1 2 3 4 5 6 7 8 9 10 11 12 13 14 15 16 17 18 19 20 21 22 23 24 25 26 27 28 29 30 31 32 33 34 35 36 37 38 39 40 41 42 43 44 45 46 47 48 49 50 51 52 53 54 55 56 57 58 59 60 61 62 63 64 65 66 67 68 69 70 71 72 73 74 75 76 77 78 79 80 81 82 83 84 85 86 87 88 89 90 91 92 93 94 95 96 97 98 99 100 101 102 103 104 105 // app/models/Searcher.scala package models import scala.Array.canBuildFrom import play.api.libs.json.{Json, JsValue} import play.api.libs.ws.WS case class SearchResult( meta: Map[String,Any], docs: Seq[Seq[(String,JsValue)]], raw: String ) case class SearchParams( index: String, query: String, filter: String, start: Int, rows: Int, sort: String, writertype: String, fieldlist: String, highlightfields: String, facetfields: String ) object Searcher { def search(server: String, params: SearchParams): SearchResult = { val payload = Searcher.buildQuery(params) val rawResponse = WS.url(server + params.index + "/_search?pretty=true").post(payload).value.get.body println("response=" + rawResponse) val rsp = Json.parse(rawResponse) val meta = (rsp \ "error").asOpt[String] match { case Some(x) => Map( "error" -> x, "status" -> (rsp \ "status").asOpt[Int].get ) case None => Map( "QTime" -> (rsp \ "took").asOpt[Int].get, "start" -> params.start, "end" -> (params.start + params.rows), "query_json" -> payload, "numFound" -> (rsp \ "hits" \ "total").asOpt[Int].get, "maxScore" -> (rsp \ "hits" \ "max_score").asOpt[Float].get ) } val docs = if (meta.contains("error")) Seq() else { val hits = (rsp \ "hits" \ "hits").asOpt[List[JsValue]].get val idscores = hits.map(hit => Map( "_id" -> (hit \ "_id"), "_score" -> (hit \ "_score"))) val fields = hits.map(hit => (hit \ "_source").asOpt[Map[String,JsValue]].get) idscores.zip(fields). map(tuple => tuple._1 ++ tuple._2). map(doc => doc.toSeq.sortWith((doc1, doc2) => doc1._1 < doc2._1)) } new SearchResult(meta, docs, rawResponse) } def buildQuery(params: SearchParams): String = { val queryQuery = Json.toJson( if (params.query.isEmpty || "*:*".equals(params.query)) Map("match_all" -> Map.empty[String,String]) else Map("query_string" -> Map("query" -> params.query))) val queryFilter = if (params.filter.isEmpty) null else Json.toJson(Map("query_string" -> Json.toJson(params.filter))) val queryFacets = if (params.facetfields.isEmpty) null else { val fields = params.facetfields.split(",").map(_.trim) Json.toJson(fields.zip(fields. map(field => Map("terms" -> Map("field" -> field)))).toMap) } val querySort = if (params.sort.isEmpty) null else Json.toJson(params.sort.split(",").map(_.trim).map(field => if (field.toLowerCase.endsWith(" asc") || field.toLowerCase.endsWith(" desc")) (field.split(" ")(0), field.split(" ")(1)) else (field, "")).map(tuple => if (tuple._2.isEmpty) Json.toJson(tuple._1) else Json.toJson(Map(tuple._1 -> tuple._2)))) val queryFields = if (params.fieldlist.isEmpty) null else Json.toJson(params.fieldlist.split(",").map(_.trim)) val queryHighlight = if (params.highlightfields.isEmpty) null else { val fields = params.highlightfields.split(",").map(_.trim) Json.toJson(Map("fields" -> fields.zip(fields. map(field => Map.empty[String,String])).toMap)) } Json.stringify(Json.toJson(Map( "from" -> Json.toJson(params.start), "size" -> Json.toJson(params.rows), "query" -> queryQuery, "filter" -> queryFilter, "facets" -> queryFacets, "sort" -> querySort, "fields" -> queryFields, "highlight" -> queryHighlight). filter(tuple => tuple._2 != null))) } }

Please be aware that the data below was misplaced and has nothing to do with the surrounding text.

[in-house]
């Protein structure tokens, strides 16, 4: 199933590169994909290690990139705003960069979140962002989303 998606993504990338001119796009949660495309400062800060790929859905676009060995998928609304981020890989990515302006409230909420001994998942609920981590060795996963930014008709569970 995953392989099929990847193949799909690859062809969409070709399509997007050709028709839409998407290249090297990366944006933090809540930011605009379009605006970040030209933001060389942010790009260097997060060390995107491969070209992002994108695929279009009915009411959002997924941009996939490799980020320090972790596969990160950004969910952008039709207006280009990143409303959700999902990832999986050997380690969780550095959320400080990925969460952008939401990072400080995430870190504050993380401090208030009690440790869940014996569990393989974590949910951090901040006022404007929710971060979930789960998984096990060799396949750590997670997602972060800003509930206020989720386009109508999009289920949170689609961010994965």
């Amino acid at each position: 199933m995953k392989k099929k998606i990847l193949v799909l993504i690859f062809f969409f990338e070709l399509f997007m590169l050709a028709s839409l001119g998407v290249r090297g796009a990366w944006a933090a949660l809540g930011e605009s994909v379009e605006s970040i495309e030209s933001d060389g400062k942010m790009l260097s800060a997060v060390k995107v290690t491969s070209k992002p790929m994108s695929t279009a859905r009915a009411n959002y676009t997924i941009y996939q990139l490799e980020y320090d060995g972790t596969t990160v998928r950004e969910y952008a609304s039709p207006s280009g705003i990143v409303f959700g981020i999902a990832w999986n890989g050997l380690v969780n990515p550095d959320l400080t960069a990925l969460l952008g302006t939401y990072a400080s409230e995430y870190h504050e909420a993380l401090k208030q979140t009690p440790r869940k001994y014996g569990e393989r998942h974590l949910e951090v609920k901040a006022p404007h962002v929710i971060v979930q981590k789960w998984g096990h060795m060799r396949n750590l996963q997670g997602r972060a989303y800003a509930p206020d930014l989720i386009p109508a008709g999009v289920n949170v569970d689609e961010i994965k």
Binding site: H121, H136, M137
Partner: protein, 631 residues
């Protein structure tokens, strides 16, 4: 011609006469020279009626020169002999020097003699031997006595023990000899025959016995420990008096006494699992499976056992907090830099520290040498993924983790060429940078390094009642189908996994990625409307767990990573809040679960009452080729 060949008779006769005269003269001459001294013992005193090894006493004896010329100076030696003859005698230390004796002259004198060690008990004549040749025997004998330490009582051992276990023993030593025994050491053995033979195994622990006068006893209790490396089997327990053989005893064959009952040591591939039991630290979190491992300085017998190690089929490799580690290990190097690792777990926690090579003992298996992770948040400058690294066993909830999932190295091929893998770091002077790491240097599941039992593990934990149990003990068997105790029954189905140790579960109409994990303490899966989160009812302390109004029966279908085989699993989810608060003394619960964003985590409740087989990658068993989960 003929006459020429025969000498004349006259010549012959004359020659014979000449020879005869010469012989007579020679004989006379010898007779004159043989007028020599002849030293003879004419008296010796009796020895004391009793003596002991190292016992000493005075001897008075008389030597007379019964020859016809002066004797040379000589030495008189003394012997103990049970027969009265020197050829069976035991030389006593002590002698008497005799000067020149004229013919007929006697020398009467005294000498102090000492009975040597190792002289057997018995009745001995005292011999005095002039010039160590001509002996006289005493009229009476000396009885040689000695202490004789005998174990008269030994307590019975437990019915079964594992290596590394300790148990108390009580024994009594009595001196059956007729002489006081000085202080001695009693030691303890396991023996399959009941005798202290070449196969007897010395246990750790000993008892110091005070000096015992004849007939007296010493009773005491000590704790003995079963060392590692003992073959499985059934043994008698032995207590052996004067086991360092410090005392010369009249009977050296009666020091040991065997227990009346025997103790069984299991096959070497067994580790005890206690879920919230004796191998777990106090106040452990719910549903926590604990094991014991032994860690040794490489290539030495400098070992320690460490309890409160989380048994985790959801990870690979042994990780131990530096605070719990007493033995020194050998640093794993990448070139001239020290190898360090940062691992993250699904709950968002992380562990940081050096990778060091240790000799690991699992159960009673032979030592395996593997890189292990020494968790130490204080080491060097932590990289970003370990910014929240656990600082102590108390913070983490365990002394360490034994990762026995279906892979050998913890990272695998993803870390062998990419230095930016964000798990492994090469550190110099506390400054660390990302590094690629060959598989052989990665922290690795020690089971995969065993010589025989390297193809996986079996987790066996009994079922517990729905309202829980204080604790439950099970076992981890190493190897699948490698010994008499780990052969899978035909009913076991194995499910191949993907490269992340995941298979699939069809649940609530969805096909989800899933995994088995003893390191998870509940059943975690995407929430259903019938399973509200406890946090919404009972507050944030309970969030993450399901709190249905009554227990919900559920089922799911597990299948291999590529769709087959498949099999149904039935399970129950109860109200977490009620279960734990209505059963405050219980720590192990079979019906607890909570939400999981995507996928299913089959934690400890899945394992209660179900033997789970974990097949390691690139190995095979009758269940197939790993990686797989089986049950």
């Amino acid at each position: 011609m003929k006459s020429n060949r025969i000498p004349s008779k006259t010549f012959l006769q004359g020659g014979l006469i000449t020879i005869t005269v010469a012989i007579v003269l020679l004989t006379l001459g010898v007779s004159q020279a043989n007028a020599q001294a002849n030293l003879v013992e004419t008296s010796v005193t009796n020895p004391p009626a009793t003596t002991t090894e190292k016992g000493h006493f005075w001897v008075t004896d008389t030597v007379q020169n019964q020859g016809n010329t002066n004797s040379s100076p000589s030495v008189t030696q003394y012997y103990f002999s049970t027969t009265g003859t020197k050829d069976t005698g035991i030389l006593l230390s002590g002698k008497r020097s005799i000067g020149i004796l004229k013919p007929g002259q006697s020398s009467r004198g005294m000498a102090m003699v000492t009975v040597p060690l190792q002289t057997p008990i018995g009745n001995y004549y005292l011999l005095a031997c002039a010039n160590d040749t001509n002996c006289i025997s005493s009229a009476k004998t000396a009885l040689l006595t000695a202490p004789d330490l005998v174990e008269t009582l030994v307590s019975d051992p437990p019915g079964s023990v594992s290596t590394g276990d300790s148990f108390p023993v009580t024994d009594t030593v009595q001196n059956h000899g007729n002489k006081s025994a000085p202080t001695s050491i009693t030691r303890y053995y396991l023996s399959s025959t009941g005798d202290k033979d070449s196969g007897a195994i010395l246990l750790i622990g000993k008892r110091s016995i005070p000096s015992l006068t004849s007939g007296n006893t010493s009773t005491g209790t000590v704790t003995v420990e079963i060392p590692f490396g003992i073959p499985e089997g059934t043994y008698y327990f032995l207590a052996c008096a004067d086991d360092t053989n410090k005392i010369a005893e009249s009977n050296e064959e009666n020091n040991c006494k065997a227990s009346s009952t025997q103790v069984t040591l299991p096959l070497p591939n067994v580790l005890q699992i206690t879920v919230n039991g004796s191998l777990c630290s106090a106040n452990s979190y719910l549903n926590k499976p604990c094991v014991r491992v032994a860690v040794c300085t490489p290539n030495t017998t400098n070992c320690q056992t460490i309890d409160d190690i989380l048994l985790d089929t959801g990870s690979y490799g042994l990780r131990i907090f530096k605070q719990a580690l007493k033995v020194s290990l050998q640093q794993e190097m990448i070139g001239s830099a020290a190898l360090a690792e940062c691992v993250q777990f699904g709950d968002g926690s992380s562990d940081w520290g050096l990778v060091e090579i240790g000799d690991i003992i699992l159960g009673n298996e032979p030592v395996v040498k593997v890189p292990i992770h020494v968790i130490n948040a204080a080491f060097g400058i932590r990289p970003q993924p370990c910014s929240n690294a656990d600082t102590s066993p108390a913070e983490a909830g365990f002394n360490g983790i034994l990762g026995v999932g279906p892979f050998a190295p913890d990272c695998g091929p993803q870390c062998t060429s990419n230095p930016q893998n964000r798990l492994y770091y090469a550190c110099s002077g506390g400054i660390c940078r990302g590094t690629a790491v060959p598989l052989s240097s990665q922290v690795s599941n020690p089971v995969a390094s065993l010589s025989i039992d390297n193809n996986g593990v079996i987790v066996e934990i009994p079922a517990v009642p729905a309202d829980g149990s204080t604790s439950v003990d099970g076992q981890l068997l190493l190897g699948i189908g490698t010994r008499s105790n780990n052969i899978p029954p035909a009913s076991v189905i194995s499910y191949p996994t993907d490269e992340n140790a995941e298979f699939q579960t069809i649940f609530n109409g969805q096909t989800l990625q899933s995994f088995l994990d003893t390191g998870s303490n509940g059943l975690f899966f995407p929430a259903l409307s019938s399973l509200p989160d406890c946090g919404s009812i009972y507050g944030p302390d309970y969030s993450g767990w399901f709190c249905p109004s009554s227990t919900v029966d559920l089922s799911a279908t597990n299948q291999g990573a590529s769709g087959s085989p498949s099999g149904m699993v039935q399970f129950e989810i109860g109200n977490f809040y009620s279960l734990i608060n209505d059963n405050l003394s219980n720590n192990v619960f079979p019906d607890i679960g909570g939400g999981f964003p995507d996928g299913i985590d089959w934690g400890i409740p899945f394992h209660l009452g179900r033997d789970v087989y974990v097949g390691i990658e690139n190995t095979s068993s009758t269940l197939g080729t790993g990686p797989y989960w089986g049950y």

The first two are simple case classes, SearchParams and SearchResults are an FBO (Form Backing Object) and DTO (Data Transfer Object) respectively from the Spring world. The search() method takes the ES server URL and the filled in SearchParams object, calls buildQuery() to build the ES Query JSON, then hits the ES server. It then parses the JSON response from ES to create the SearchResult bean, which is passes back to the search Action. The SearchResults object contains a Map containing response metadata, a List of List of key-value pairs which contain the documents, and the raw JSON response from ES.

Here are some screenshots of the results for “hedge fund” from our Enron index that we built using the code from the previous post.

The one on the left shows HTML results (and also shows the JSON query that one would need to use to get the results. The one on the right shows the raw JSON results from the ES server.

Thats all I have for this week. Hope you found it interesting.

Update 2011-11-20 – There were some minor bugs caused by the fields parameter being blank. If the fields parameter is blank, the _source JSON field is returned by ES instead of an array of field objects. The fix is to pass in a “*” (all fields) as the default for the fields parameter. The updated code can be found on my GitHub page.